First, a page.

More than ever before
What's much more damaging is the potential illegality of his multiple majors.
Tiger Woods cheating on his wife is ultimately between him and her.
But Tiger Woods potentially cheating on the game of golf is definitively between him and all of us sports fans who have cheered him, revered him and marveled at how he is so much better than everybody else on the PGA Tour.
Maybe now we know the reason why.
Maybe Tiger Woods is simply the Barry Bonds of golf – and Jack Nicklaus is Hank Aaron.
The latest saga in Tiger's meteoric fall from grace came Tuesday when the story broke about one of Tiger's doctors being arrested and suspected of providing performance-enhancing drugs (PEDs) to elite athletes. According to the New York Times, the FBI is investigating Canadian physician Dr. Anthony Galea, who was found with human growth hormone in his bag at the U.S.-Canada border in late October.
I know, I know, nothing has been proven and we're supposed to give Tiger the benefit of the doubt. We're supposed to assume the best in our professional athletes, right?
Sorry, but that philosophy went out the window six mistresses and seven steroids scandals ago.
The PGA Tour, for once in its life, should be proactive on an issue involving performance-enhancing drugs. Commissioner Tim Finchem should immediately announce a full-scale investigation into Tiger's relationship with this controversial doctor. And if it's found that Tiger has been using illegal PEDs, all of golf's governing bodies should strip him of his major titles. Nicklaus, like Aaron, should not have his monumental milestone (18 major victories) surpassed by a cheater.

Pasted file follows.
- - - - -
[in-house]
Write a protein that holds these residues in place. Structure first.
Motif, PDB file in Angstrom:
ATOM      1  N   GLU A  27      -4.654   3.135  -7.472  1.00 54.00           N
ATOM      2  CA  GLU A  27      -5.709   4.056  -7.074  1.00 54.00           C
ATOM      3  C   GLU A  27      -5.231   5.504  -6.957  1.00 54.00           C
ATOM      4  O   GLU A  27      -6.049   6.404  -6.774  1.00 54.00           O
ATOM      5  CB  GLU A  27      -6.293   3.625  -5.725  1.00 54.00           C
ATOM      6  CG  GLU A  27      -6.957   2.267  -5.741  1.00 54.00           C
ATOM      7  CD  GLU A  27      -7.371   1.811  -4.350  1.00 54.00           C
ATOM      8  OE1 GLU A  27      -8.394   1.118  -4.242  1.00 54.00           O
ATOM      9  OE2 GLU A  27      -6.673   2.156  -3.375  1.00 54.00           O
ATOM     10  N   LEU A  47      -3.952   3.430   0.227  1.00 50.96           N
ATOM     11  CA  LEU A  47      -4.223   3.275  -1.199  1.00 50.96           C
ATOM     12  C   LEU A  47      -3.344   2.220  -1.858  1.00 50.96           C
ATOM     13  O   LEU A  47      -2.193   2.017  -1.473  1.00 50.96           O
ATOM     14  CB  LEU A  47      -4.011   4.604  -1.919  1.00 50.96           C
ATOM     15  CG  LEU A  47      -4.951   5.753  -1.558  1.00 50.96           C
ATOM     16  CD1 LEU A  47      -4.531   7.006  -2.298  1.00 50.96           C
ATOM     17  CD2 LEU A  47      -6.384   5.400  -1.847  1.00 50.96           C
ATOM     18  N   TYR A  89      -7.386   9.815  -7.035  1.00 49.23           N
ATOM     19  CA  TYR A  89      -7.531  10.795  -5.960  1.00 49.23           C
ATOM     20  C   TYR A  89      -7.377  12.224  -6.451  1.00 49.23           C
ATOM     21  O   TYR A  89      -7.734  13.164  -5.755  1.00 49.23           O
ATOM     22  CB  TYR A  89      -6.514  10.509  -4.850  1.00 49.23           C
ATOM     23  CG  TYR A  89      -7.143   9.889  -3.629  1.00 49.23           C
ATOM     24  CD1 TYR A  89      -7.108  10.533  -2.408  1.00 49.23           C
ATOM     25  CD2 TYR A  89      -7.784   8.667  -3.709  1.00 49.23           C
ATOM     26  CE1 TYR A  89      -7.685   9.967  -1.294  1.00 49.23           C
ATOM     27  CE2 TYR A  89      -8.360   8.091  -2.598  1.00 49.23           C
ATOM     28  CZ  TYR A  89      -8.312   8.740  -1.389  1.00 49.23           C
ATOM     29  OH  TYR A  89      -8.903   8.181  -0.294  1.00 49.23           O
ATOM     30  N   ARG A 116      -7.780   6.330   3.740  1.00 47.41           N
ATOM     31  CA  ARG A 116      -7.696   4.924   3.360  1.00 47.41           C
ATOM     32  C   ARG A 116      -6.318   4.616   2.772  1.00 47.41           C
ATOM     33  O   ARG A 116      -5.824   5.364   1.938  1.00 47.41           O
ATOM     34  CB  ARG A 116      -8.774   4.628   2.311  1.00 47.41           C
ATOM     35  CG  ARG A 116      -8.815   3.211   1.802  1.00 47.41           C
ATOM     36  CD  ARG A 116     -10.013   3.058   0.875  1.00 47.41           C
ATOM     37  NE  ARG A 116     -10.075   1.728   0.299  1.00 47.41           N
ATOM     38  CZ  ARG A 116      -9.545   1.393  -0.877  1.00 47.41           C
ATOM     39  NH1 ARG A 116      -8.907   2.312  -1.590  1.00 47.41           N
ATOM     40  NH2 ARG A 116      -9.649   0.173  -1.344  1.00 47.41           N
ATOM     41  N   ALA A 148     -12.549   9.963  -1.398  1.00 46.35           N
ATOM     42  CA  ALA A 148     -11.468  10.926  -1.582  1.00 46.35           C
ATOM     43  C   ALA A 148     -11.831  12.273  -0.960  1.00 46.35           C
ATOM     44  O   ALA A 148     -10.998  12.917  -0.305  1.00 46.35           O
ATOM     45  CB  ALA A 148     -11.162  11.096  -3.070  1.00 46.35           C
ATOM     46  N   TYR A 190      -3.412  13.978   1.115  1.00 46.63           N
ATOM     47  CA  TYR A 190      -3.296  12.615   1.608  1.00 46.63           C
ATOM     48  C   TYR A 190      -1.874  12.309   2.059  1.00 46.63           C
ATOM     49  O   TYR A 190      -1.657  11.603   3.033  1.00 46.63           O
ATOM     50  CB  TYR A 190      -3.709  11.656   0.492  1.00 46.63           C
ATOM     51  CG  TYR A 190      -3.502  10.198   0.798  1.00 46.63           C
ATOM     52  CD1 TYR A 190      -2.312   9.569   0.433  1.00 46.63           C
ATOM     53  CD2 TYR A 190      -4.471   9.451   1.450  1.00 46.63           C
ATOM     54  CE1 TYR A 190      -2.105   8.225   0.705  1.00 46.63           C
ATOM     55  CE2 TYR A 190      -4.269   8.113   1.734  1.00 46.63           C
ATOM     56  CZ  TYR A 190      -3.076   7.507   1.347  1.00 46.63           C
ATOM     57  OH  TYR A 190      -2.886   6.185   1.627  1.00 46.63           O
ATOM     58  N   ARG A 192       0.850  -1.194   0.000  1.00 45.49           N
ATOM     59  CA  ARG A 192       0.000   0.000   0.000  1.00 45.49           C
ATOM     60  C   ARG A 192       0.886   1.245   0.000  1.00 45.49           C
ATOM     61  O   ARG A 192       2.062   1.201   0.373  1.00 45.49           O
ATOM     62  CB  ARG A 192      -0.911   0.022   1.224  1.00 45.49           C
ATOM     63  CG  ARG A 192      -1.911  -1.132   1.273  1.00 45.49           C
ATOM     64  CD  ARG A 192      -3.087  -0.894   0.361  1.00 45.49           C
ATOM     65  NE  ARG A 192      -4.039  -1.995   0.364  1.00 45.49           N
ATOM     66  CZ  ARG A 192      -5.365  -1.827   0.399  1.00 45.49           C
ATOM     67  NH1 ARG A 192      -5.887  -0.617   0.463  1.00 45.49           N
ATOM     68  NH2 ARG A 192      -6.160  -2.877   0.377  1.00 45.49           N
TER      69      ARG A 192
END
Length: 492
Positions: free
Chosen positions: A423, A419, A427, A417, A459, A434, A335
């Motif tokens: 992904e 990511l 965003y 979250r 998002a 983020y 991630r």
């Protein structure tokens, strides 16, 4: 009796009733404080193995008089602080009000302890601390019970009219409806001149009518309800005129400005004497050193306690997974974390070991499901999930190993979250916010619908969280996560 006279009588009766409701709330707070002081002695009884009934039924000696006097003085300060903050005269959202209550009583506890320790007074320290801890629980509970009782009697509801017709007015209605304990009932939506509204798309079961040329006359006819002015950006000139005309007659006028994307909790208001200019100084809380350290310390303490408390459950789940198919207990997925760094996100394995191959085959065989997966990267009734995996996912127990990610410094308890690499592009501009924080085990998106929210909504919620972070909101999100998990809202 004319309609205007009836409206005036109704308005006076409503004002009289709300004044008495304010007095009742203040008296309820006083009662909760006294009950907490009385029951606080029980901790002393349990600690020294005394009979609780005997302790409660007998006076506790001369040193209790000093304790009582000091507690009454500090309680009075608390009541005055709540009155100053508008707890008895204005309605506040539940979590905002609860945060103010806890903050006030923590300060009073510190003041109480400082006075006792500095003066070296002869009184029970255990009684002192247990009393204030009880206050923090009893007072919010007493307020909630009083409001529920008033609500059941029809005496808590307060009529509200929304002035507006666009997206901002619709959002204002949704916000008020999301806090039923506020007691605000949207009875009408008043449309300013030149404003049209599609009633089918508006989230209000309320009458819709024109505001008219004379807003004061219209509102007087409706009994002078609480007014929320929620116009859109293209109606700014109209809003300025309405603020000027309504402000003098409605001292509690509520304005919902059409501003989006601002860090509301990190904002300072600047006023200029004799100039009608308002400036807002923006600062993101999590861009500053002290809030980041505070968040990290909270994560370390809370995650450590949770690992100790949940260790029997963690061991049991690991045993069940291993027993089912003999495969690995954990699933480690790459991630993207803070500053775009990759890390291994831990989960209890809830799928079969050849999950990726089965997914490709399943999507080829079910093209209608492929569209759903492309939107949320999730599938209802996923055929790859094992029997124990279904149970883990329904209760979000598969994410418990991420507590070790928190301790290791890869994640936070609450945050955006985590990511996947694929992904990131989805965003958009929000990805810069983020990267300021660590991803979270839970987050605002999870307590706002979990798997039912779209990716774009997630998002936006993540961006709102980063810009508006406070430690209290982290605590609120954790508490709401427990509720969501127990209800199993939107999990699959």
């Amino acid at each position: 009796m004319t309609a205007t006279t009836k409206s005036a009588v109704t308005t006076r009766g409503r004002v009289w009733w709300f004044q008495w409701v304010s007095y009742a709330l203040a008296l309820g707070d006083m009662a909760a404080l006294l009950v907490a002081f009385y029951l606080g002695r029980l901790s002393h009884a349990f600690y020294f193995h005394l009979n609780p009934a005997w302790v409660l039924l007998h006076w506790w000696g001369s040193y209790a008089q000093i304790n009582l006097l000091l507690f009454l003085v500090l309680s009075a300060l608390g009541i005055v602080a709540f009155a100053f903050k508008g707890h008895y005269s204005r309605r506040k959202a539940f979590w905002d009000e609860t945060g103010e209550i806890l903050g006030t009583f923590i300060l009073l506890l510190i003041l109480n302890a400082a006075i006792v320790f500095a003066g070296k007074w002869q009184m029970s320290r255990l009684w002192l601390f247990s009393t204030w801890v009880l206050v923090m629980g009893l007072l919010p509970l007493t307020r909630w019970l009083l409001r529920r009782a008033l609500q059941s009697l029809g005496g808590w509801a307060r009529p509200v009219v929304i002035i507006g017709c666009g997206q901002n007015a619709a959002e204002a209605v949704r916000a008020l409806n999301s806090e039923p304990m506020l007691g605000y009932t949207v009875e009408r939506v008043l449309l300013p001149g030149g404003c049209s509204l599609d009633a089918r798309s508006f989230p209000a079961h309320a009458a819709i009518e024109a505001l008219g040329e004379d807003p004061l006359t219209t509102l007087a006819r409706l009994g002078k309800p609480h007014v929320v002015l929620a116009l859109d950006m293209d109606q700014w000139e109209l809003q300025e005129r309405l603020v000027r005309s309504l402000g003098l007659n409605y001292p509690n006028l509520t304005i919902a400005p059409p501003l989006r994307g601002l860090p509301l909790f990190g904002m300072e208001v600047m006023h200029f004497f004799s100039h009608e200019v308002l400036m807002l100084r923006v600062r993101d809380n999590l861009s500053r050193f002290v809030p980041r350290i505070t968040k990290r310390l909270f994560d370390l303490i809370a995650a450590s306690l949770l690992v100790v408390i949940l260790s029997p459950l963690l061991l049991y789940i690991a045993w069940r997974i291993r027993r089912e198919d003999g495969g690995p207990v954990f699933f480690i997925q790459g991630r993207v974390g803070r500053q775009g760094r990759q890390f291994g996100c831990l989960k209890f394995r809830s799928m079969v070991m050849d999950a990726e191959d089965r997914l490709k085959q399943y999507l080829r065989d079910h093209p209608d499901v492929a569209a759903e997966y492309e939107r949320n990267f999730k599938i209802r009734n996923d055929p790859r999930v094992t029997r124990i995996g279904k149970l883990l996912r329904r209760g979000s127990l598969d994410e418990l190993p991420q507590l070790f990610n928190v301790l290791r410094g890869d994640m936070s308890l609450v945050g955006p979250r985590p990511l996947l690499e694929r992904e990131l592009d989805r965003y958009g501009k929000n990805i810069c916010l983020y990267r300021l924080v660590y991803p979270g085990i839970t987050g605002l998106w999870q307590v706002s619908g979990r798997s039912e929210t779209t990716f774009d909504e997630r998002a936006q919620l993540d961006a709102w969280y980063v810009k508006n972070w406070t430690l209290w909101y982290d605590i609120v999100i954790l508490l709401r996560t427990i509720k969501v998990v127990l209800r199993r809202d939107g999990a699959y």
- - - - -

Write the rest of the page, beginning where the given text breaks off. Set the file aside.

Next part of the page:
Remember the before-and-after pictures of lanky Bonds as a young baseball player and then the bulked-up, hulked-up Bonds after he began using that BALCO-manufactured "flaxseed oil"? Well, look at pictures of Tiger as the skinny young golfer and compare them to the thicker, bigger, sculpted, chiseled Tiger of today.
Doesn't it make you wonder?
Why should we blindly assume the world's top golfer is immune to cheating when top athletes in nearly every other sport (baseball, football, track, swimming, cycling, etc., etc.) have been accused of using performance-enhancers. And, yes, some of these athletes (see Lance Armstrong, Alex Rodriguez, Marion Jones, etc.) were beloved role models just like Tiger.
And, please, you Pollyanna PGA purists, spare us the rhetoric about how your sport is so honorable that competitors would never, ever cheat the game. I've heard such nonsense for years from golfers, golf fans and Finchem, who last year had to be dragged kicking and screaming into the drug-testing era.
Seven years ago, when the U.S. Open was at Bethpage Black in New York, I wrote a column on the likelihood of golfers using steroids and nearly got laughed out of the media room.
"I don't think there's any way any golfer out here has taken steroids," Phil Mickelson said then.
"Steroids wouldn't really help a golfer," Chris DiMarco said.